AUSTRALIAN Wool Innovation chairman Wal Merriman sitting behind a one-way mirror observing the discussion of a focus group has affronted many growers.
Dissension has been building in the bush against the AWI chairman for some time. In a way I find myself in some sympathy with Wal Merriman; he is sadly symptomatic of a much bigger problem.
I think I have known every chair of our statutory wool research and promotion organisations whatever their name, since Sir William Gunn. Mr Gunn became chairman of the organisation that preceded the wool board, the Australian Wool Bureau, in 1958.
In the late 1960s, I was a member of the Australian Wool Industry Conference and Gunn needed the block of votes of which I was one, for the introduction of the Reserve Price Scheme (RPS). Gunn told me over a very expensive dinner at the old Australia Hotel in Collins Street that he came to the wool industry because he believed it was corrupt and needed reforming.
Mr Gunn and probably every chairman since, including Mr Merriman came to the position with the very best intentions. However, in the end most were allured by the ‘honey pot’, the statutory wool tax of 2 percent of the price or amount paid for the wool, net of GST, handling, storage and transport costs. The institution they hoped to reform finally consumed them.
In my view the reason is simple, the system is flawed. How many more times do growers have to witness yet another organisational failure before the penny drops? And it’s not the chairman, nor the board that is the problem, it’s the statutory tax. This ‘honey pot’, together with the blurred area called promotion, creates a toxic mix.
The collection of statutory taxes or compulsory levies, call them what you will, should never be contemplated unless there is clear evidence of market failure.
As a wool grower and a player, albeit a very small one, in the textile trade, I believe there is no substantive evidence of market failure in respect to promotion. What’s left of our once great wool industry is predominantly in the luxury fibre market. The qualities of this luxury fibre are well understood by the brands and these brands all compete or collaborate to promote their product to the market. There is absolutely no evidence of market failure.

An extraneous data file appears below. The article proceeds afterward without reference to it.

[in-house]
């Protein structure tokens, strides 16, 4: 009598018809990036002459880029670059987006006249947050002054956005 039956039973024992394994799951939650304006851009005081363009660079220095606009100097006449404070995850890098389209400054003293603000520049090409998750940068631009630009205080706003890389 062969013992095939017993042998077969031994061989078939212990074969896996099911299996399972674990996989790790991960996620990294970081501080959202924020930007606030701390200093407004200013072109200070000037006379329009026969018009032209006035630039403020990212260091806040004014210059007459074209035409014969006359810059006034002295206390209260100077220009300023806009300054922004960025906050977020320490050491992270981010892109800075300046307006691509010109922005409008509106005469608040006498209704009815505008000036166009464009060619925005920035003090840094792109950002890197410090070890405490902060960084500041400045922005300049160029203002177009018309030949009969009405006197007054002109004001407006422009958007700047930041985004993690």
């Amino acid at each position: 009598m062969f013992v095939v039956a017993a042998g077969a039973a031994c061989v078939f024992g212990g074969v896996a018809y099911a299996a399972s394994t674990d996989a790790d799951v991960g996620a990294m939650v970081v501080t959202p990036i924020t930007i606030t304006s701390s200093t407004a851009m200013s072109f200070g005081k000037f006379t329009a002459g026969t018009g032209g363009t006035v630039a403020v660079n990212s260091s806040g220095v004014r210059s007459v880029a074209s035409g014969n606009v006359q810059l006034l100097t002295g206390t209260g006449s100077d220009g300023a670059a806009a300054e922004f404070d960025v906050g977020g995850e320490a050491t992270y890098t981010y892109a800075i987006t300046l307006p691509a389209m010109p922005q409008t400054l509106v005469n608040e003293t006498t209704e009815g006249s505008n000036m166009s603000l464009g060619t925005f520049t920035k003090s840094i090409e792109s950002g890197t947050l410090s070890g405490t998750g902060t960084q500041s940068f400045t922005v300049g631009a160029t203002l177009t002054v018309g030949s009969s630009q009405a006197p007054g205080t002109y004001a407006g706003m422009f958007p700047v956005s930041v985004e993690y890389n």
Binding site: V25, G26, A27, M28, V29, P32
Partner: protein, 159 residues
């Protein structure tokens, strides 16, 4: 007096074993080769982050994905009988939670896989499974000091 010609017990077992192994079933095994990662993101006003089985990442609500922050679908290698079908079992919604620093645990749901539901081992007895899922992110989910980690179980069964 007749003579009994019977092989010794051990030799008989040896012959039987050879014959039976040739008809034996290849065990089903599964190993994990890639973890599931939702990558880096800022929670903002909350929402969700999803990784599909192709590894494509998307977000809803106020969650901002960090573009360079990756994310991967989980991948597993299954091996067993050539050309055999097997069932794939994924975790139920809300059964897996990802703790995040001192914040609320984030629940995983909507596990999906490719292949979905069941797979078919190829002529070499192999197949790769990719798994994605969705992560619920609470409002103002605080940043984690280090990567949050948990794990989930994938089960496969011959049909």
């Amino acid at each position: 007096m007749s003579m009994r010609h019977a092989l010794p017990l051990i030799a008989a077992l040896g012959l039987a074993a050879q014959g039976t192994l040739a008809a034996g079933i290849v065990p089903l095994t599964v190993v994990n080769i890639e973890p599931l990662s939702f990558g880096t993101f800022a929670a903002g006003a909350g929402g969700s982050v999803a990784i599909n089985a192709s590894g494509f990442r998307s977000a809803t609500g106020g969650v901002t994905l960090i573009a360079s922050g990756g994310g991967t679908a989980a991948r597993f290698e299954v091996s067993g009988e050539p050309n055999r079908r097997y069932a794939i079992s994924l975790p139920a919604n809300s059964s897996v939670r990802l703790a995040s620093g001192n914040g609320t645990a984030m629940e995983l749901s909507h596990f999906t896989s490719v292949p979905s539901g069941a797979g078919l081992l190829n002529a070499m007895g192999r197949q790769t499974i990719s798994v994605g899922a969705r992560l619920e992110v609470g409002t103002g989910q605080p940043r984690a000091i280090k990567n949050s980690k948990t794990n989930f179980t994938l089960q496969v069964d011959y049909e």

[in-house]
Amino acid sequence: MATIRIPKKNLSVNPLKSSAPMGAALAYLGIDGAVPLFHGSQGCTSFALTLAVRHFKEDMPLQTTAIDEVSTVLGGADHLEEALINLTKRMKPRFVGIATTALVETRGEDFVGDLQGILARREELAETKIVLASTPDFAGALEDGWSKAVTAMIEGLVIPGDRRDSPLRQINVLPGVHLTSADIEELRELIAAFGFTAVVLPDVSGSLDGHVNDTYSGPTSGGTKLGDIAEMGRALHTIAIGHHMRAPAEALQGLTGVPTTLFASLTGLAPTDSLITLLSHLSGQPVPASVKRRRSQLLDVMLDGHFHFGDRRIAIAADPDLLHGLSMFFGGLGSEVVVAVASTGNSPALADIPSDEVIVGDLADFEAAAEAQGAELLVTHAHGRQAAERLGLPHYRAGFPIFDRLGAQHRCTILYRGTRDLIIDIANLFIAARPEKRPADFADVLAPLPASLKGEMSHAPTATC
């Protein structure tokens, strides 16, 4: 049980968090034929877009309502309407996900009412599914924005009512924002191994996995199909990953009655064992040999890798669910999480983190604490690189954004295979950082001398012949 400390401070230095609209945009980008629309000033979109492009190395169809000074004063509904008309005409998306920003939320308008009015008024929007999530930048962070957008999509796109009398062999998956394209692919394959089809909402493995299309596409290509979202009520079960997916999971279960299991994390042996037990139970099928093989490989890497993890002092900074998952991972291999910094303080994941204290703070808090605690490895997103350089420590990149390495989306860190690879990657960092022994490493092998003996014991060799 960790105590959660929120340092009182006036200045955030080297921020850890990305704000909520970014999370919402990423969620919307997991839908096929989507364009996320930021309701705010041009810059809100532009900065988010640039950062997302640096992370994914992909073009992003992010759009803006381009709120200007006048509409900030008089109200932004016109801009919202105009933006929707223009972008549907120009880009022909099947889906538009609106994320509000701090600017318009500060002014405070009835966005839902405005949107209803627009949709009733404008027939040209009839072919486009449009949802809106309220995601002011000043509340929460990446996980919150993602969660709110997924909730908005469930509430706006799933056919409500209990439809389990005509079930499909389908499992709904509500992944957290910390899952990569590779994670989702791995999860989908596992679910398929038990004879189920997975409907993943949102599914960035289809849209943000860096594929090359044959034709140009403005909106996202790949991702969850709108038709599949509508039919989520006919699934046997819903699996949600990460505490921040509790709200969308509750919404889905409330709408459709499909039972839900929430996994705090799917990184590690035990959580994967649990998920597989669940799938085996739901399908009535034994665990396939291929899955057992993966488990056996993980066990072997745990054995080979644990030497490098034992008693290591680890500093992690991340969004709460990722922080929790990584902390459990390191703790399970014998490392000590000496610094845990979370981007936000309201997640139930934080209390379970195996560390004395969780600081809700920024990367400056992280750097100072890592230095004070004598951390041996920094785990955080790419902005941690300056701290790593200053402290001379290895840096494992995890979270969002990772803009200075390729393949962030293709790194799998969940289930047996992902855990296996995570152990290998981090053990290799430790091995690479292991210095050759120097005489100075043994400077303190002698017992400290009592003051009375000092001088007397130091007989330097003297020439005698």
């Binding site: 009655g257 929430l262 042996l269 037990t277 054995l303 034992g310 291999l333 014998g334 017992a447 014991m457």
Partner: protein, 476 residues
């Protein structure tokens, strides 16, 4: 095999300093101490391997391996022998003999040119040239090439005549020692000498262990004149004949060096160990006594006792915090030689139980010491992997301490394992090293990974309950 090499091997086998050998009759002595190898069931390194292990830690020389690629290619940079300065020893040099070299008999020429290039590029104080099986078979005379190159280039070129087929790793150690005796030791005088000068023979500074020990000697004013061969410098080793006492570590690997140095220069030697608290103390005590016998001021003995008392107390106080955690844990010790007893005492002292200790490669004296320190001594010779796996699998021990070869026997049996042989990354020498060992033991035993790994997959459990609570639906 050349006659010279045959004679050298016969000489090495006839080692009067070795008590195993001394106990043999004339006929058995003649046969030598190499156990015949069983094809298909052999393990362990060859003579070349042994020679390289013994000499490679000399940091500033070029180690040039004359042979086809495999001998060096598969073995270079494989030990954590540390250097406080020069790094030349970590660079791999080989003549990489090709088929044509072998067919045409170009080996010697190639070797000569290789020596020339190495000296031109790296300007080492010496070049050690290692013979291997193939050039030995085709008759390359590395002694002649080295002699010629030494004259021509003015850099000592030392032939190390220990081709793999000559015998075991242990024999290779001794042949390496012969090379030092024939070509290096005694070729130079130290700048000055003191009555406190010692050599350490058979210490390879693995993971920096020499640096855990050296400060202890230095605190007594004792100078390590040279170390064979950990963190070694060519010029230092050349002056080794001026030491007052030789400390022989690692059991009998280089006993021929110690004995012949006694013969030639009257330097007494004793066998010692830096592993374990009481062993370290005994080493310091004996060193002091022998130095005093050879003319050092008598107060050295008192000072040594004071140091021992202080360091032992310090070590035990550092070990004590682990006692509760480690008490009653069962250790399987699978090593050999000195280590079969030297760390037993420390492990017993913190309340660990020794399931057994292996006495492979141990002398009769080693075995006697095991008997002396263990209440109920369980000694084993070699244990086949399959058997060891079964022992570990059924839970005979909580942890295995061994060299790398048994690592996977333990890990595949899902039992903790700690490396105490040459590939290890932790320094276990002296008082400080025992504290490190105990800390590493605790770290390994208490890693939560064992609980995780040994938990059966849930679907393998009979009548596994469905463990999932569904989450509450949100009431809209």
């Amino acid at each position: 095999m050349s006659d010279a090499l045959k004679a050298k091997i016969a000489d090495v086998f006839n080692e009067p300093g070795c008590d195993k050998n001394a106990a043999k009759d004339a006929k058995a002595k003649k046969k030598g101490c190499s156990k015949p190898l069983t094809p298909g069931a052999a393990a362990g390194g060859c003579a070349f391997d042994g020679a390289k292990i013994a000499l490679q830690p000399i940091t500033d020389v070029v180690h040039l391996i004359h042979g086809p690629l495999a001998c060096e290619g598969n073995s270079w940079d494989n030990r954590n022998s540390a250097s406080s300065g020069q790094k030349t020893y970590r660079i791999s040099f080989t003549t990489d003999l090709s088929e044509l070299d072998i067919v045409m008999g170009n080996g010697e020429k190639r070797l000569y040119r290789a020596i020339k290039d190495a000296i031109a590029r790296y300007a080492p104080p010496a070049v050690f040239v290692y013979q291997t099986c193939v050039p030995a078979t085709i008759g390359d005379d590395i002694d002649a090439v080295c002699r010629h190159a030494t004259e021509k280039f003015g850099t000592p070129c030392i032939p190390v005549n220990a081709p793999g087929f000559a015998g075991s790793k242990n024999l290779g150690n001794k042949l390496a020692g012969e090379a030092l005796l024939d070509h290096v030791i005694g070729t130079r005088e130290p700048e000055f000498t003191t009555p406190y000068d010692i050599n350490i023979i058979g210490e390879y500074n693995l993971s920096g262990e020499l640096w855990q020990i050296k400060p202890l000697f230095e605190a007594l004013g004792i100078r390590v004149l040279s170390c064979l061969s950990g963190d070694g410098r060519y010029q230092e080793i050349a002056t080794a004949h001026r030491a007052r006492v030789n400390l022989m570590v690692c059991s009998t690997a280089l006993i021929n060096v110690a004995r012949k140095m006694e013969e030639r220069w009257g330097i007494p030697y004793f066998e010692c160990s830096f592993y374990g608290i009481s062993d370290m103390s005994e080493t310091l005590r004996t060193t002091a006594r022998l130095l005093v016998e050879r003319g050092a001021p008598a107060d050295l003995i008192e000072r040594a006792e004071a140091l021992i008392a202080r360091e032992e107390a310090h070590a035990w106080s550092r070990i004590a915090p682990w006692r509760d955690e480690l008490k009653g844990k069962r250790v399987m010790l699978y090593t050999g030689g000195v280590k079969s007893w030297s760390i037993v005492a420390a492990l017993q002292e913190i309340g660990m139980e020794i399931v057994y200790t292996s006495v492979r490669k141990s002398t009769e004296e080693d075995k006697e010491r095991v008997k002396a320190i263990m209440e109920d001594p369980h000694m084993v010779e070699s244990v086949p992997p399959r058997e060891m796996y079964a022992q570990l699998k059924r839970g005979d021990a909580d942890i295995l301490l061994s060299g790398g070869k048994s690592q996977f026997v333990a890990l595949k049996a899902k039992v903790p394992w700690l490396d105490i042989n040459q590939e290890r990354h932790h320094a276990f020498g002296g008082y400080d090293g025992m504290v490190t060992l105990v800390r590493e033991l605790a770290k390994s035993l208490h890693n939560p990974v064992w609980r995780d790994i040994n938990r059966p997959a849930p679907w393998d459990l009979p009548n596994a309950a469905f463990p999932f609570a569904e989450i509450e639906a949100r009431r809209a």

However, in respect to research there is clear evidence of market failure, and also probably in the area of the collection, analysis and distribution of statistical data. AWI’s is not the model anyone in the world would ever contemplate establishing if it was intended to create a robust, cutting-edge research-funding organisation, an organisation to fund creative research; the very foundation of a productive industry for the 21st century.
We could look to successful models around the world like Silicon Valley. Yes, perhaps a bit ambitious for us, but what about Cambridge University, who were jolted out of their slumber by the competition from Silicon Valley? Professor Jeremy Sanders, Pro Vice Chancellor at the University of Cambridge, said recently, commenting on the burst by the university back onto the world research stage, “hire people smarter than you, give them as much freedom and research funding as possible, stand back and reap the harvest ten years later”.
Exciting things are happening. In July, I visited the University of Leeds. Leeds was for many years one of the major British Textile centres with strong textile research activity. However, in the 1990s the Department of Textile Industries closed due to falling student numbers, reflecting the decline of British textile manufacturing. In 2000, the new School of Design was established and brought together textiles with fashion and design and created a vibrant and thriving activity.
Recently, Prof. Chris Carr has been appointed to re-establish Leeds as a global textile research centre focused on the textile technology/design interface. Prof. Carr is a man with a big vision and strong industry support. His mission is to re-establish the pre-eminence of British Textile Industry, particularly in sophisticated niche areas. This is the sort of leadership, energy and vision our industry needs now at the greasy wool end.
With Australia’s sheep flock reduced from nearly 180 million to about 74 million and only an estimated 38.5 million ewes of which about 70pc are Merinos, we too are in desperate times.
Research is essential to underpin our productivity for the future. To get serious about research our industry must withdraw from promotion and establish an organisation properly structured and funded to deliver the research results our industry so desperately needs.
Free from the diversions of promotion and ideally free of a statutory tax, our industry might also manage to escape the biggest quagmire of all; the politics that have continually dogged our industry.